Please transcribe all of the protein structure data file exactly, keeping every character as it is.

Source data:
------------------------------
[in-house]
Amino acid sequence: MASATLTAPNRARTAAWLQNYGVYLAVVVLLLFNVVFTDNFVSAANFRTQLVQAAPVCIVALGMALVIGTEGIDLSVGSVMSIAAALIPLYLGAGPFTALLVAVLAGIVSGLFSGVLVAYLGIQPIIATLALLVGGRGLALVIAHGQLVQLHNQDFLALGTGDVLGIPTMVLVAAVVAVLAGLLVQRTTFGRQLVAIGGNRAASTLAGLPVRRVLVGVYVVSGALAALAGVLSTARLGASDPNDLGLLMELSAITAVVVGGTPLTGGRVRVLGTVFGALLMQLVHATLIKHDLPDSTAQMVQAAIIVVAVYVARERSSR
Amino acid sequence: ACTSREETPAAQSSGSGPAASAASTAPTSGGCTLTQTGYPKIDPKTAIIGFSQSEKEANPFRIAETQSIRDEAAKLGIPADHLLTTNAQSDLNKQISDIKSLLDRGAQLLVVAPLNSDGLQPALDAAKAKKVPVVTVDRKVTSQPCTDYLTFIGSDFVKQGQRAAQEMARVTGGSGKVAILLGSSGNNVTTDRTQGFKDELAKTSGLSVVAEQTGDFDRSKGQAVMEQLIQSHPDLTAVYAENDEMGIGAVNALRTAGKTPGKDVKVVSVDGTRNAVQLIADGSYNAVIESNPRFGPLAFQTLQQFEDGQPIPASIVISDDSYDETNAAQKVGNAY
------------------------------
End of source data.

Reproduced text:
[in-house]
Amino acid sequence: MASATLTAPNRARTAAWLQNYGVYLAVVVLLLFNVVFTDNFVSAANFRTQLVQAAPVCIVALGMALVIGTEGIDLSVGSVMSIAAALIPLYLGAGPFTALLVAVLAGIVSGLFSGVLVAYLGIQPIIATLALLVGGRGLALVIAHGQLVQLHNQDFLALGTGDVLGIPTMVLVAAVVAVLAGLLVQRTTFGRQLVAIGGNRAASTLAGLPVRRVLVGVYVVSGALAALAGVLSTARLGASDPNDLGLLMELSAITAVVVGGTPLTGGRVRVLGTVFGALLMQLVHATLIKHDLPDSTAQMVQAAIIVVAVYVARERSSR
Amino acid sequence: ACTSREETPAAQSSGSGPAASAASTAPTSGGCTLTQTGYPKIDPKTAIIGFSQSEKEANPFRIAETQSIRDEAAKLGIPADHLLTTNAQSDLNKQISDIKSLLDRGAQLLVVAPLNSDGLQPALDAAKAKKVPVVTVDRKVTSQPCTDYLTFIGSDFVKQGQRAAQEMARVTGGSGKVAILLGSSGNNVTTDRTQGFKDELAKTSGLSVVAEQTGDFDRSKGQAVMEQLIQSHPDLTAVYAENDEMGIGAVNALRTAGKTPGKDVKVVSVDGTRNAVQLIADGSYNAVIESNPRFGPLAFQTLQQFEDGQPIPASIVISDDSYDETNAAQKVGNAY